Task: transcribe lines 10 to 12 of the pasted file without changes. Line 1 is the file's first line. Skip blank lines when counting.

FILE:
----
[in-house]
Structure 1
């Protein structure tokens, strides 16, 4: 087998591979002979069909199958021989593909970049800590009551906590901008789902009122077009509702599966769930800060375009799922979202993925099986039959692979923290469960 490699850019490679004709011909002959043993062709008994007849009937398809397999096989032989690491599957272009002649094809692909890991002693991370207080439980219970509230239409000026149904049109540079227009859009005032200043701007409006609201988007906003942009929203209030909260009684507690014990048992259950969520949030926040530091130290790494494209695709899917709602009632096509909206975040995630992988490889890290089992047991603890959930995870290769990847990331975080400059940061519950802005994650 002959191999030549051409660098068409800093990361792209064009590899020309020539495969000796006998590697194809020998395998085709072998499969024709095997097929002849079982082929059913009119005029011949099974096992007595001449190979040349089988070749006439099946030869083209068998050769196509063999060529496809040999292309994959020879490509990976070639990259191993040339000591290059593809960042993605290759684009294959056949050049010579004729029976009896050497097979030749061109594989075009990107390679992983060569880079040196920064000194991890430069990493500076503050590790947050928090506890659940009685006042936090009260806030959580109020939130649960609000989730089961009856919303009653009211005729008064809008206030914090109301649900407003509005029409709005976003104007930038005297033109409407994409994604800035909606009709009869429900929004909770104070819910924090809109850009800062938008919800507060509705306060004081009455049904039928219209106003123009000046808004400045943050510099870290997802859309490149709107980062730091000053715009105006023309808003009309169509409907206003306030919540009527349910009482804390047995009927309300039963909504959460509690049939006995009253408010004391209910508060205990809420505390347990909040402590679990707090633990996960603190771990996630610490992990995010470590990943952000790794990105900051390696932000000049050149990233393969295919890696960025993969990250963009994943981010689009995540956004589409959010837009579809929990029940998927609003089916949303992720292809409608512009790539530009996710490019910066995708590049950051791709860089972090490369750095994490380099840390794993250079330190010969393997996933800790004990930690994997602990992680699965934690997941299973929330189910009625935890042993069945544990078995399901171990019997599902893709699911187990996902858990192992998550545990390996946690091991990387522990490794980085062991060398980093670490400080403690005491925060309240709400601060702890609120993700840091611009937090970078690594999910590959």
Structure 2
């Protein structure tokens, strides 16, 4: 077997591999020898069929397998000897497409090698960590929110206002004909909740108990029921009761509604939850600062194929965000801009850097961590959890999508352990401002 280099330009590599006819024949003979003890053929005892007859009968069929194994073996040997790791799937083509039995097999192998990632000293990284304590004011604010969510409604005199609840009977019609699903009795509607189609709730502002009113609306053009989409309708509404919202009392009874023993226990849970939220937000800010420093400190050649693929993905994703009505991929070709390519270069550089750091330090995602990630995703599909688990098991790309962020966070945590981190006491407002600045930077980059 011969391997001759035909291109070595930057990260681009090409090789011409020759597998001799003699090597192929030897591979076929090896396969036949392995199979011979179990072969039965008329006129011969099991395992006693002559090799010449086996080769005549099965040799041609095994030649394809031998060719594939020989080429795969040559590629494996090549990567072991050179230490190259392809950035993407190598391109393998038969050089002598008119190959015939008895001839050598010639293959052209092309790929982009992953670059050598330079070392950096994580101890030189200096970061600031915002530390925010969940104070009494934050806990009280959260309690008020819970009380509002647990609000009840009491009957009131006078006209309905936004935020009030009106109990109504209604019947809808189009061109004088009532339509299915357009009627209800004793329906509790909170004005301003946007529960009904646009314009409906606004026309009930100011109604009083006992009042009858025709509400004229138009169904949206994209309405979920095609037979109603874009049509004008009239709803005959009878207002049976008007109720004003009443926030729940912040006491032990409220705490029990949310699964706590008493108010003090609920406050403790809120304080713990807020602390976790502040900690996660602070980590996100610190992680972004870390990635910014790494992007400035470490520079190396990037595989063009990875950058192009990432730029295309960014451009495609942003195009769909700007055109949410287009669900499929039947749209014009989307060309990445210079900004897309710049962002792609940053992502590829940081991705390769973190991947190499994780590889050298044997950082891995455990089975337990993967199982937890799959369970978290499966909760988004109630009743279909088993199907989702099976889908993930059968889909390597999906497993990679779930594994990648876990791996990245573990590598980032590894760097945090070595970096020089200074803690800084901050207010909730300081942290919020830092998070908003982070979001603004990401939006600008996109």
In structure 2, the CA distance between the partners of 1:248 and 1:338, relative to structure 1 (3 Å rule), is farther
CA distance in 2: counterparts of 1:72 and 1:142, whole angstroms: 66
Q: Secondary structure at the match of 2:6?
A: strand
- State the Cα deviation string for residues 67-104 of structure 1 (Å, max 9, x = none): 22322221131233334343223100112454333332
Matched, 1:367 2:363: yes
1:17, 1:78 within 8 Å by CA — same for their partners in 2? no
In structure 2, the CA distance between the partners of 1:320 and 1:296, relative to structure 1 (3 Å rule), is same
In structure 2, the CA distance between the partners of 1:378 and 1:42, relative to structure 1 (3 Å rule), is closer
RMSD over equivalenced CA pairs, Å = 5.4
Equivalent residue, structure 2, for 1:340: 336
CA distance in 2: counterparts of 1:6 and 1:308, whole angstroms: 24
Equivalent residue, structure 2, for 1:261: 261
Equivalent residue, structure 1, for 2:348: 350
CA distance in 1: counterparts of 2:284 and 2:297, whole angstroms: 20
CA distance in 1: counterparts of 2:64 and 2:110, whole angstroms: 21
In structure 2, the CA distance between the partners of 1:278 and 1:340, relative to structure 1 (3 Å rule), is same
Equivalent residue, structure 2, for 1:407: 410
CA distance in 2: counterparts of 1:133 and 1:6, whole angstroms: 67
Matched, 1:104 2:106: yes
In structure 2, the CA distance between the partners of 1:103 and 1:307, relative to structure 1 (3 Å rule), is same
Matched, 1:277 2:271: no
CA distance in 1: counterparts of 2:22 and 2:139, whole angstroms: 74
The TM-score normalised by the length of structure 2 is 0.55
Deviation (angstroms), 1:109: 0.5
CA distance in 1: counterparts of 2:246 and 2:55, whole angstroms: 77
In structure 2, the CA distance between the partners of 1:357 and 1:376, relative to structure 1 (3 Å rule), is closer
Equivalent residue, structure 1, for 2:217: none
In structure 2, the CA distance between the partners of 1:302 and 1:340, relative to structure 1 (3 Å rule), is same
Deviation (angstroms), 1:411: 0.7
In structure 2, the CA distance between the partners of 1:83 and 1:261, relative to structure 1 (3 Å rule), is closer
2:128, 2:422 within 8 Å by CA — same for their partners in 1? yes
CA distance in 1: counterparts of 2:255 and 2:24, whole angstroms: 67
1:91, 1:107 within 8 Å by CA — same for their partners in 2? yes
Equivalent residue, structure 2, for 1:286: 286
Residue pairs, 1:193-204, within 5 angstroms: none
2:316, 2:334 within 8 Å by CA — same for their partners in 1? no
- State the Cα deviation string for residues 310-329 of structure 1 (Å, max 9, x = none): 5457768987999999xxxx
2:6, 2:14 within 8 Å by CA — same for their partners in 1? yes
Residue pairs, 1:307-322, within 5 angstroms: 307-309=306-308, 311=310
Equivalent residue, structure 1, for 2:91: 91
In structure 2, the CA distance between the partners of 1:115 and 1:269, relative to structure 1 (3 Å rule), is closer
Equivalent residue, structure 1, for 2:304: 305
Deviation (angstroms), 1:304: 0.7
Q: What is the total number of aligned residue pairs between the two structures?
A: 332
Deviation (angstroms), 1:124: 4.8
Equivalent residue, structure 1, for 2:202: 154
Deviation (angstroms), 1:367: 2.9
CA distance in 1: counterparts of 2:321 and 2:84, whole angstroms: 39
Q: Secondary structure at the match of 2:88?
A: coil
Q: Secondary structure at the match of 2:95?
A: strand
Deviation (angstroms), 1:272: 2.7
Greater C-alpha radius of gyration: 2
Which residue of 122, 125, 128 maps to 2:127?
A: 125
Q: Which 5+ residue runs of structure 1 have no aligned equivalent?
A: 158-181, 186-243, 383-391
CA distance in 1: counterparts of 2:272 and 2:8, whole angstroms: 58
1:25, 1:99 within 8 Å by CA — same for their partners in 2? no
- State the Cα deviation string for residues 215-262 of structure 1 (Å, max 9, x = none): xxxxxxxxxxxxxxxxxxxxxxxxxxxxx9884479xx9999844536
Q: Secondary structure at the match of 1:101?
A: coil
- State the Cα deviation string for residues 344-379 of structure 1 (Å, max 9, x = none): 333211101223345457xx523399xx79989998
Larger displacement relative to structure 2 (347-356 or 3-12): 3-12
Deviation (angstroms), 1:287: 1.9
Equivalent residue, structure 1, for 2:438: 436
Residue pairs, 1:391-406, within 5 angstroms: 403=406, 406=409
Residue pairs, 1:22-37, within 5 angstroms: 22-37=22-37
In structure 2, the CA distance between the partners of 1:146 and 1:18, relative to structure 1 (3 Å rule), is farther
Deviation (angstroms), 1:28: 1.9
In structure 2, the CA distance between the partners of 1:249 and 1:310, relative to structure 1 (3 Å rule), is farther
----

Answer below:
- State the Cα deviation string for residues 67-104 of structure 1 (Å, max 9, x = none): 22322221131233334343223100112454333332
Matched, 1:367 2:363: yes
1:17, 1:78 within 8 Å by CA — same for their partners in 2? no